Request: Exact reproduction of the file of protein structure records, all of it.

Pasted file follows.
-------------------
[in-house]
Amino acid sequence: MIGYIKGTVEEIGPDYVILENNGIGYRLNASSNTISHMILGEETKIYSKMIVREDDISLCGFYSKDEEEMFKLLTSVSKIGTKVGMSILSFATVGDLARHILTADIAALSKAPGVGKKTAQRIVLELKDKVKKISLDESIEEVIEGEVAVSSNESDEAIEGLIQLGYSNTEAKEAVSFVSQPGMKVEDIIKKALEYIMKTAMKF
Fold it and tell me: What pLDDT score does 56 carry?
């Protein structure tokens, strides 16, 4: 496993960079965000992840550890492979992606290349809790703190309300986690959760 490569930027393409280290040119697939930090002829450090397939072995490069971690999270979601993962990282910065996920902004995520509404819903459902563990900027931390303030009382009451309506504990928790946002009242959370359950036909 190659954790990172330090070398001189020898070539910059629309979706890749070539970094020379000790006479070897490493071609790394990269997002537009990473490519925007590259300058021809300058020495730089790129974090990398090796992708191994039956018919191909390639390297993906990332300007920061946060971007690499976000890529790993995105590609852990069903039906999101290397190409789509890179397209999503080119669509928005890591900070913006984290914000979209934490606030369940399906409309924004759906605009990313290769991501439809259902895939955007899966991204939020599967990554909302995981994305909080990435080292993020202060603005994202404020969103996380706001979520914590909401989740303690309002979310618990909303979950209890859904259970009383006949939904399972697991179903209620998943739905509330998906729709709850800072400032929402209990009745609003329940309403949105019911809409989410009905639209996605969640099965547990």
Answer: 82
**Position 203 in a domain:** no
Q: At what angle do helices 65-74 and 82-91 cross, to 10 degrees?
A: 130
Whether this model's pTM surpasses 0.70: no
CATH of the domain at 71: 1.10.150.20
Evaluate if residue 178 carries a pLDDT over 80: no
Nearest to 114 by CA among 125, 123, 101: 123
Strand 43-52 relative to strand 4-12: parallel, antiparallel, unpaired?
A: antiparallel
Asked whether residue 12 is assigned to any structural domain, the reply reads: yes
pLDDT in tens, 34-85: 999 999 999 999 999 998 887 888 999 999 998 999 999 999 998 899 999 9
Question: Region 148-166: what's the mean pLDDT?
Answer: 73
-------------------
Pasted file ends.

[in-house]
Amino acid sequence: MIGYIKGTVEEIGPDYVILENNGIGYRLNASSNTISHMILGEETKIYSKMIVREDDISLCGFYSKDEEEMFKLLTSVSKIGTKVGMSILSFATVGDLARHILTADIAALSKAPGVGKKTAQRIVLELKDKVKKISLDESIEEVIEGEVAVSSNESDEAIEGLIQLGYSNTEAKEAVSFVSQPGMKVEDIIKKALEYIMKTAMKF
Fold it and tell me: What pLDDT score does 56 carry?
């Protein structure tokens, strides 16, 4: 496993960079965000992840550890492979992606290349809790703190309300986690959760 490569930027393409280290040119697939930090002829450090397939072995490069971690999270979601993962990282910065996920902004995520509404819903459902563990900027931390303030009382009451309506504990928790946002009242959370359950036909 190659954790990172330090070398001189020898070539910059629309979706890749070539970094020379000790006479070897490493071609790394990269997002537009990473490519925007590259300058021809300058020495730089790129974090990398090796992708191994039956018919191909390639390297993906990332300007920061946060971007690499976000890529790993995105590609852990069903039906999101290397190409789509890179397209999503080119669509928005890591900070913006984290914000979209934490606030369940399906409309924004759906605009990313290769991501439809259902895939955007899966991204939020599967990554909302995981994305909080990435080292993020202060603005994202404020969103996380706001979520914590909401989740303690309002979310618990909303979950209890859904259970009383006949939904399972697991179903209620998943739905509330998906729709709850800072400032929402209990009745609003329940309403949105019911809409989410009905639209996605969640099965547990």
Answer: 82
**Position 203 in a domain:** no
Q: At what angle do helices 65-74 and 82-91 cross, to 10 degrees?
A: 130
Whether this model's pTM surpasses 0.70: no
CATH of the domain at 71: 1.10.150.20
Evaluate if residue 178 carries a pLDDT over 80: no
Nearest to 114 by CA among 125, 123, 101: 123
Strand 43-52 relative to strand 4-12: parallel, antiparallel, unpaired?
A: antiparallel
Asked whether residue 12 is assigned to any structural domain, the reply reads: yes
pLDDT in tens, 34-85: 999 999 999 999 999 998 887 888 999 999 998 999 999 999 998 899 999 9
Question: Region 148-166: what's the mean pLDDT?
Answer: 73